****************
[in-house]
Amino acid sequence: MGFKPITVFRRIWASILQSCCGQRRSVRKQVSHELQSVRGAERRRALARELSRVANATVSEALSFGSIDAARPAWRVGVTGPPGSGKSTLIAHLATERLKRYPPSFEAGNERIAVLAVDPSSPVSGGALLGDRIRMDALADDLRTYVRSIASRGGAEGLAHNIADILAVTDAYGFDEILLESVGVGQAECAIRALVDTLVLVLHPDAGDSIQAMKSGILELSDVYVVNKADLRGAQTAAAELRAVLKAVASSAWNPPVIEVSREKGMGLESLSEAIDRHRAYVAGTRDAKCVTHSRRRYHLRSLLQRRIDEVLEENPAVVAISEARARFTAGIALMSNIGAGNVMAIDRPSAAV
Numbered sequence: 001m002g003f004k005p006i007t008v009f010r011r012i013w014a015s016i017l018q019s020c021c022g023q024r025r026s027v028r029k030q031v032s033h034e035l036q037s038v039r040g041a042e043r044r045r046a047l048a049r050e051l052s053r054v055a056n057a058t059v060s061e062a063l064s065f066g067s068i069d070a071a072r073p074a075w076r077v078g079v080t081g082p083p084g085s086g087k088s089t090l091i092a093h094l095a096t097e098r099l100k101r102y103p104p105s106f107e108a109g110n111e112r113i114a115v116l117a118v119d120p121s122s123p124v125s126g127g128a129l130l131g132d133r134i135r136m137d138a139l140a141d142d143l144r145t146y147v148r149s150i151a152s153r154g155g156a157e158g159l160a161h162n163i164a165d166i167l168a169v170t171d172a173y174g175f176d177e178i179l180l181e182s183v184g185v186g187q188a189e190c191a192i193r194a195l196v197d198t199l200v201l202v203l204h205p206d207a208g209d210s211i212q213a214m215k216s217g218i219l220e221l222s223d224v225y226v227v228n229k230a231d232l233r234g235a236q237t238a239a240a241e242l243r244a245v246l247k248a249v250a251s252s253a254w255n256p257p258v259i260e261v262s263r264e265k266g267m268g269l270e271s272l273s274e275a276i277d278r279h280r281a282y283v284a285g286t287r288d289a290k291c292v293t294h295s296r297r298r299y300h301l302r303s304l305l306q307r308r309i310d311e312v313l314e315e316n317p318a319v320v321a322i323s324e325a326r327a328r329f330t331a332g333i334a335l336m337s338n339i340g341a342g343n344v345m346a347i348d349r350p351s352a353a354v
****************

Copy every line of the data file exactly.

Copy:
[in-house]
Amino acid sequence: MGFKPITVFRRIWASILQSCCGQRRSVRKQVSHELQSVRGAERRRALARELSRVANATVSEALSFGSIDAARPAWRVGVTGPPGSGKSTLIAHLATERLKRYPPSFEAGNERIAVLAVDPSSPVSGGALLGDRIRMDALADDLRTYVRSIASRGGAEGLAHNIADILAVTDAYGFDEILLESVGVGQAECAIRALVDTLVLVLHPDAGDSIQAMKSGILELSDVYVVNKADLRGAQTAAAELRAVLKAVASSAWNPPVIEVSREKGMGLESLSEAIDRHRAYVAGTRDAKCVTHSRRRYHLRSLLQRRIDEVLEENPAVVAISEARARFTAGIALMSNIGAGNVMAIDRPSAAV
Numbered sequence: 001m002g003f004k005p006i007t008v009f010r011r012i013w014a015s016i017l018q019s020c021c022g023q024r025r026s027v028r029k030q031v032s033h034e035l036q037s038v039r040g041a042e043r044r045r046a047l048a049r050e051l052s053r054v055a056n057a058t059v060s061e062a063l064s065f066g067s068i069d070a071a072r073p074a075w076r077v078g079v080t081g082p083p084g085s086g087k088s089t090l091i092a093h094l095a096t097e098r099l100k101r102y103p104p105s106f107e108a109g110n111e112r113i114a115v116l117a118v119d120p121s122s123p124v125s126g127g128a129l130l131g132d133r134i135r136m137d138a139l140a141d142d143l144r145t146y147v148r149s150i151a152s153r154g155g156a157e158g159l160a161h162n163i164a165d166i167l168a169v170t171d172a173y174g175f176d177e178i179l180l181e182s183v184g185v186g187q188a189e190c191a192i193r194a195l196v197d198t199l200v201l202v203l204h205p206d207a208g209d210s211i212q213a214m215k216s217g218i219l220e221l222s223d224v225y226v227v228n229k230a231d232l233r234g235a236q237t238a239a240a241e242l243r244a245v246l247k248a249v250a251s252s253a254w255n256p257p258v259i260e261v262s263r264e265k266g267m268g269l270e271s272l273s274e275a276i277d278r279h280r281a282y283v284a285g286t287r288d289a290k291c292v293t294h295s296r297r298r299y300h301l302r303s304l305l306q307r308r309i310d311e312v313l314e315e316n317p318a319v320v321a322i323s324e325a326r327a328r329f330t331a332g333i334a335l336m337s338n339i340g341a342g343n344v345m346a347i348d349r350p351s352a353a354v